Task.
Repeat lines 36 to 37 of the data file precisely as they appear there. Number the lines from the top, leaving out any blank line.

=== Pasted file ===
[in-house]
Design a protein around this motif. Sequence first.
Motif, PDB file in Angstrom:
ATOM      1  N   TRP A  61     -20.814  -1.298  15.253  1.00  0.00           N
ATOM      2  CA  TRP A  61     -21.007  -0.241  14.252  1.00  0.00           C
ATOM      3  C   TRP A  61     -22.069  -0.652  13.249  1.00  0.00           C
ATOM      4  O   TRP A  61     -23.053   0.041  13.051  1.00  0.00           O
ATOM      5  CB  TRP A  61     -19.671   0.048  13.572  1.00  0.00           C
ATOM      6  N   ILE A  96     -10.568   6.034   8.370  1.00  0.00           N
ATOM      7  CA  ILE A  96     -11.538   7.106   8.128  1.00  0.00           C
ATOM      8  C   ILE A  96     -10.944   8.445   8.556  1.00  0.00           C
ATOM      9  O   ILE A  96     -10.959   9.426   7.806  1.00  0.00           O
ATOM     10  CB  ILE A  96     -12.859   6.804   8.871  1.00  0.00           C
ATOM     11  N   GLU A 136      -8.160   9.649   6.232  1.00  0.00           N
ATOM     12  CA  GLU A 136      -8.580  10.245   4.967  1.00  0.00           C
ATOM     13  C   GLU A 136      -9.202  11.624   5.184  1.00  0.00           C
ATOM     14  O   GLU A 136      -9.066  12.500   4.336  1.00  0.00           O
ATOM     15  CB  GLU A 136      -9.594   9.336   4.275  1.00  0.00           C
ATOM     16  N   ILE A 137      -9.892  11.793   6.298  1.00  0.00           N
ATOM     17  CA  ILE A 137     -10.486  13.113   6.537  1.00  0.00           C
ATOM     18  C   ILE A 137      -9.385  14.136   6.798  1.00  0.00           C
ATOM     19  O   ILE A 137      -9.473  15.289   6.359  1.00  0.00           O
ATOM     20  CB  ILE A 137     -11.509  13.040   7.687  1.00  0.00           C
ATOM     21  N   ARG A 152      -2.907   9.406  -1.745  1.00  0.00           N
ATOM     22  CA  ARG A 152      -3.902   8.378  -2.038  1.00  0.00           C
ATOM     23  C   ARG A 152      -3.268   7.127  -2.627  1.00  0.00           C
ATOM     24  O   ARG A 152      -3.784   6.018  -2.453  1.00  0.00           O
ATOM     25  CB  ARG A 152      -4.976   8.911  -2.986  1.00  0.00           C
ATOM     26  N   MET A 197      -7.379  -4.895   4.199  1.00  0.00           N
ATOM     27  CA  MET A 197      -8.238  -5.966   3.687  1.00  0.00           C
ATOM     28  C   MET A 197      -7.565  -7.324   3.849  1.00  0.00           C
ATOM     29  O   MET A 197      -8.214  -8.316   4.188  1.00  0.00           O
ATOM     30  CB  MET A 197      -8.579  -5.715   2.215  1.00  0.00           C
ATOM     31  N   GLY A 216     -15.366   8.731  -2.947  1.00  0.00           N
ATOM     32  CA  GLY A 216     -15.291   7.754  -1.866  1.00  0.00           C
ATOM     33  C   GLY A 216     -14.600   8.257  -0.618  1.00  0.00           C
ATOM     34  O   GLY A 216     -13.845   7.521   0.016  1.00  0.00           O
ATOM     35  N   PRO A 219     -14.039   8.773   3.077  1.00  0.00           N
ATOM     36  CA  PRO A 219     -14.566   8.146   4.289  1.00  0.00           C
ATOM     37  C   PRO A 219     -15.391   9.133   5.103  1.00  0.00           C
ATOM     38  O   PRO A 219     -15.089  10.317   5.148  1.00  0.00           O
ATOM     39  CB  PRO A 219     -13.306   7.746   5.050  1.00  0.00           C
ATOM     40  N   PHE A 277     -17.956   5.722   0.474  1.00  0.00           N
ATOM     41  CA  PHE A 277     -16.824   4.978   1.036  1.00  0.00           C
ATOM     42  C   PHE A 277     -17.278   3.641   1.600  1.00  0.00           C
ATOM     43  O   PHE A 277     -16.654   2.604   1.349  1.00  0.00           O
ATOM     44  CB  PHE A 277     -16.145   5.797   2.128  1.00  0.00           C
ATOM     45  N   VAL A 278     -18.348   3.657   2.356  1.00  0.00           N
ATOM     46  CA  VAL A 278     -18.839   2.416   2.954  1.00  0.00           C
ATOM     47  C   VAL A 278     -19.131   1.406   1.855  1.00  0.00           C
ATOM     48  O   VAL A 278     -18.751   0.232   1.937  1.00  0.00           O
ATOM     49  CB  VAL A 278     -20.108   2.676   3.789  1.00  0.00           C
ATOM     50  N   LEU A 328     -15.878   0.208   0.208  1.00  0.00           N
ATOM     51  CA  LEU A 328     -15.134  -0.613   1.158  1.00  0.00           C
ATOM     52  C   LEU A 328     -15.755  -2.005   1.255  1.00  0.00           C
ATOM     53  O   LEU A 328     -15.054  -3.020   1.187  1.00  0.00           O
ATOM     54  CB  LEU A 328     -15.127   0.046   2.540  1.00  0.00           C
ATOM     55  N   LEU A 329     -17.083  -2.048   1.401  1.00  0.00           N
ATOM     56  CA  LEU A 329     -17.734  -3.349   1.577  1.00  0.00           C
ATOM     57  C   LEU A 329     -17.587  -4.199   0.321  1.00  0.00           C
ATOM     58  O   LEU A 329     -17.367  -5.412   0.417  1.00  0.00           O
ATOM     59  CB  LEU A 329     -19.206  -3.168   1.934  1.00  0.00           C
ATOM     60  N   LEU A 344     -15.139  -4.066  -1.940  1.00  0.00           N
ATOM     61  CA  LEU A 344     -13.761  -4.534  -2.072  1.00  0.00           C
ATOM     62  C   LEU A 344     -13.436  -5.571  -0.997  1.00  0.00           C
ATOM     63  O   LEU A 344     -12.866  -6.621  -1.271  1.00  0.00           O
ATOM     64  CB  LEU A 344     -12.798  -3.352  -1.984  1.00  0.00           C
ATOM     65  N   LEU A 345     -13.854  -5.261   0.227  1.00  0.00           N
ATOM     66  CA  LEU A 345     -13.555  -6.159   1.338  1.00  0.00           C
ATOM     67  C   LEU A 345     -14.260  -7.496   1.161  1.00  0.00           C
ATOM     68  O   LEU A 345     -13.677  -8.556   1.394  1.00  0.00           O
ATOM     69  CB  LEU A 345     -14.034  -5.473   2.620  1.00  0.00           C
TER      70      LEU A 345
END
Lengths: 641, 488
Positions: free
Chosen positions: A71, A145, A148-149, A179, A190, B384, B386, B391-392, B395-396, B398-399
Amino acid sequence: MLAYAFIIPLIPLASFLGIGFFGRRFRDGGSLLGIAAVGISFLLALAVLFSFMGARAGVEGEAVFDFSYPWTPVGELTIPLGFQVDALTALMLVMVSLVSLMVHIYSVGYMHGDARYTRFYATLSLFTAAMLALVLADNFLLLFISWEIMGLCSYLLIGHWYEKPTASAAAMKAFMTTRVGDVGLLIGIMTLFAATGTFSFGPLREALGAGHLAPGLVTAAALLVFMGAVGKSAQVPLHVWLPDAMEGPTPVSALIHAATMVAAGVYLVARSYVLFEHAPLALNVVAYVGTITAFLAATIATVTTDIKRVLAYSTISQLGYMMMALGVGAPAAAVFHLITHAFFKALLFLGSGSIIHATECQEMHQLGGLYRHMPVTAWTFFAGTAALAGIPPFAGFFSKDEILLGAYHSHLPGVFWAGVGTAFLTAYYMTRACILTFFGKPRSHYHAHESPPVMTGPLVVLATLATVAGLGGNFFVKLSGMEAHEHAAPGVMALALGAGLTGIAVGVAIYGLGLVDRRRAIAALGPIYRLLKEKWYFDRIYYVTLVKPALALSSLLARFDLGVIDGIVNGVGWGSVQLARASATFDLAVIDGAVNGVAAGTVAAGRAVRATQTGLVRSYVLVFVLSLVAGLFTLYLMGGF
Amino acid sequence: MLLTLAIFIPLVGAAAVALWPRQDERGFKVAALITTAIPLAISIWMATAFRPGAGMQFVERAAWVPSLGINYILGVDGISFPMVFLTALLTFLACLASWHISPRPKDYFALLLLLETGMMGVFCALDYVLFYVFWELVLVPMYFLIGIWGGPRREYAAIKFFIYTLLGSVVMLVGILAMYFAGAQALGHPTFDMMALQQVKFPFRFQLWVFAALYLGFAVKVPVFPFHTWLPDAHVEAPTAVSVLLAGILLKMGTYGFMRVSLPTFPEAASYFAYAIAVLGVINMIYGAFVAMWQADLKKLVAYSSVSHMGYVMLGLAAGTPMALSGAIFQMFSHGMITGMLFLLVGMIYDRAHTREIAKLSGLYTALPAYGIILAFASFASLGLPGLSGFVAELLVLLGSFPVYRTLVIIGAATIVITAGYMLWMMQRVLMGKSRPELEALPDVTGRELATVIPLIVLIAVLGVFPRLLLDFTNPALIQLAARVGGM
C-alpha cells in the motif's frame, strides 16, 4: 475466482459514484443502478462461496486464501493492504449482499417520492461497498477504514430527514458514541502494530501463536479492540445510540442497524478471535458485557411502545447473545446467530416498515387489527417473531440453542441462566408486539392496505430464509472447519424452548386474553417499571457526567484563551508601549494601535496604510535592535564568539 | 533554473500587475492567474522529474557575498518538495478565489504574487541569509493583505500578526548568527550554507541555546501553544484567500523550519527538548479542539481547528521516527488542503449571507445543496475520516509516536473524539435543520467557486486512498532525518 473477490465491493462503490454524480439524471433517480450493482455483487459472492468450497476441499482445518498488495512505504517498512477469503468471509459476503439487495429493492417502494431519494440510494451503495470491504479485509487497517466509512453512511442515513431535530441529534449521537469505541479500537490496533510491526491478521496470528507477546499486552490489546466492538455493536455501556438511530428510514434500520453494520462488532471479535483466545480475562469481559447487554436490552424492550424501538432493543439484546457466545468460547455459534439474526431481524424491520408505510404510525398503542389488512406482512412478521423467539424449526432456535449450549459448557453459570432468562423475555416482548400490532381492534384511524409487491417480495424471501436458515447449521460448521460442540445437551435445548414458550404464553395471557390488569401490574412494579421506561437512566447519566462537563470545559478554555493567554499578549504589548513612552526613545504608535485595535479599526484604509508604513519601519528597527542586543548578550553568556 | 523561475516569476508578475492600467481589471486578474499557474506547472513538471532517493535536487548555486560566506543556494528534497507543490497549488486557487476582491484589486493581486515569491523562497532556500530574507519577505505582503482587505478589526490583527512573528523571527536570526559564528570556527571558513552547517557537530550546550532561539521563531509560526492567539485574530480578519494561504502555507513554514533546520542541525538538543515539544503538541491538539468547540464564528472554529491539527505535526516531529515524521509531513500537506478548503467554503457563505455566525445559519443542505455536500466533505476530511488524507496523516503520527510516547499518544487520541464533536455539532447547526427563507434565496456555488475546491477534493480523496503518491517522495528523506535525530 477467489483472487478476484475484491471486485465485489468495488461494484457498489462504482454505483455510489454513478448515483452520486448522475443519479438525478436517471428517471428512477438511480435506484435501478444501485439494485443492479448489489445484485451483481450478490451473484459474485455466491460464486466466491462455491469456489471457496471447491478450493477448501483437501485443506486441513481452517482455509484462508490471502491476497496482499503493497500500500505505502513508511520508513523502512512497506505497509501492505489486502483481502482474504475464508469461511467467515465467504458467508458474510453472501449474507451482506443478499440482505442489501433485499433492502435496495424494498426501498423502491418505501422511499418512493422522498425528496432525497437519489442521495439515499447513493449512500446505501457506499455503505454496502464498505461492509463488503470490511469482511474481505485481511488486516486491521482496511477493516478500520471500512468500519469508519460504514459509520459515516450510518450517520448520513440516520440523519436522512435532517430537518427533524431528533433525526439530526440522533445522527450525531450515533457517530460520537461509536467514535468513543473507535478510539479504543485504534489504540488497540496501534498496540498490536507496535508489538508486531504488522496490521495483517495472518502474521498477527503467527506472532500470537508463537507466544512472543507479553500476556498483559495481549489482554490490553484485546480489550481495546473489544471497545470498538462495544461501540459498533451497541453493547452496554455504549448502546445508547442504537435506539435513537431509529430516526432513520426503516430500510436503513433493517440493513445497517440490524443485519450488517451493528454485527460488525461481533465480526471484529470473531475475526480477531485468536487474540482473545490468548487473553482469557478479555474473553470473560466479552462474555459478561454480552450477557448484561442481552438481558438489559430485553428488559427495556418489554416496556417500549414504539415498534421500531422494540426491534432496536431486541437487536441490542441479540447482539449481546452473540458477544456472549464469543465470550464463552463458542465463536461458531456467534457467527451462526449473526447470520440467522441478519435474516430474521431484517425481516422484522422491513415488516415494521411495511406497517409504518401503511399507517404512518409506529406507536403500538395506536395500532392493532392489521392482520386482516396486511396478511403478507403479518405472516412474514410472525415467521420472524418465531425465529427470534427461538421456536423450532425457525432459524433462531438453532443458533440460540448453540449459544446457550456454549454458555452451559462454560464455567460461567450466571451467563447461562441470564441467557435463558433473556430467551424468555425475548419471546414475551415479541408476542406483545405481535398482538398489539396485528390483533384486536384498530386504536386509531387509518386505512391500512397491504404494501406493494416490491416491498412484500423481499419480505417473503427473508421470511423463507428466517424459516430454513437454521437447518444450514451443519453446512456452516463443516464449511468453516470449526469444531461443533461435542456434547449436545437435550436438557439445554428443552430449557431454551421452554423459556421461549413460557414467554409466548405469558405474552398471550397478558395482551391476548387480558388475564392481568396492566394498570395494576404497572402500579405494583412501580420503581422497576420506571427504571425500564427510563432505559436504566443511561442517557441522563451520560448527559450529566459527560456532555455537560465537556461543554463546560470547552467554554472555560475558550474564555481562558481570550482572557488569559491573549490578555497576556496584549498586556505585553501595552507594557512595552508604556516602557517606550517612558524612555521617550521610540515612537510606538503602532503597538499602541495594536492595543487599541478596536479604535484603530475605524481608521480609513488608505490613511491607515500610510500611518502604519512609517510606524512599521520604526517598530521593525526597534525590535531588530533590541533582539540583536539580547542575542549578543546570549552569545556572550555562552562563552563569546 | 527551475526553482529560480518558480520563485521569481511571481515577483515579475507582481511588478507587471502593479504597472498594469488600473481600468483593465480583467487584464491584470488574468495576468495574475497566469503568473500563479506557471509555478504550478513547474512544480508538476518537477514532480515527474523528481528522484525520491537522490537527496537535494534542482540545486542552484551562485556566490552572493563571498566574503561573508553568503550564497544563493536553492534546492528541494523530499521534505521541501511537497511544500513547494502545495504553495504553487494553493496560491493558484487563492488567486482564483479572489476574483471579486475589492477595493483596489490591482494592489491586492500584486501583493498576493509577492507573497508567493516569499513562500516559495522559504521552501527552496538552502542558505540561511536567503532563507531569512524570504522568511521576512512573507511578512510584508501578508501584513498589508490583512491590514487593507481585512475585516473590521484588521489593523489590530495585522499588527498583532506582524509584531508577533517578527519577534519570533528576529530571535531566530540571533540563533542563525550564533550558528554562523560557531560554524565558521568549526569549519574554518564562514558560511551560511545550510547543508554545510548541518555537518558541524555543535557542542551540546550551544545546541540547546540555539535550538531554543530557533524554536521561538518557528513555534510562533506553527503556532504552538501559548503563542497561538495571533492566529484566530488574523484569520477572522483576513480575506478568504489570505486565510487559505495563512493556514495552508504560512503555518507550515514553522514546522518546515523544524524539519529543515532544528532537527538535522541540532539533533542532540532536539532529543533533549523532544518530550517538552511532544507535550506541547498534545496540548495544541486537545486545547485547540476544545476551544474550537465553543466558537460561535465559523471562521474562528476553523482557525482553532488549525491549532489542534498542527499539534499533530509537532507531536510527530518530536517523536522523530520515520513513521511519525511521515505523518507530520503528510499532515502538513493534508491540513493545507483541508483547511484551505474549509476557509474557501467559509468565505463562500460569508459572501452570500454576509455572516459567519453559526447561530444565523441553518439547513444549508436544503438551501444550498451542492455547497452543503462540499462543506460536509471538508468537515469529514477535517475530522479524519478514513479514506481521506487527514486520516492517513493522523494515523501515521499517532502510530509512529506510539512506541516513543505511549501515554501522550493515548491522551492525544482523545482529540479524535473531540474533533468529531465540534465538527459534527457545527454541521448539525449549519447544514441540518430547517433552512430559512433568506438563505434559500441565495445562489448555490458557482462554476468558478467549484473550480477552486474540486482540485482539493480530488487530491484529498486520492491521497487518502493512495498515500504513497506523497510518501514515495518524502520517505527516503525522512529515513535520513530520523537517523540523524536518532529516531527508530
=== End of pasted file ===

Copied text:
ATOM     33  C   GLY A 216     -14.600   8.257  -0.618  1.00  0.00           C
ATOM     34  O   GLY A 216     -13.845   7.521   0.016  1.00  0.00           O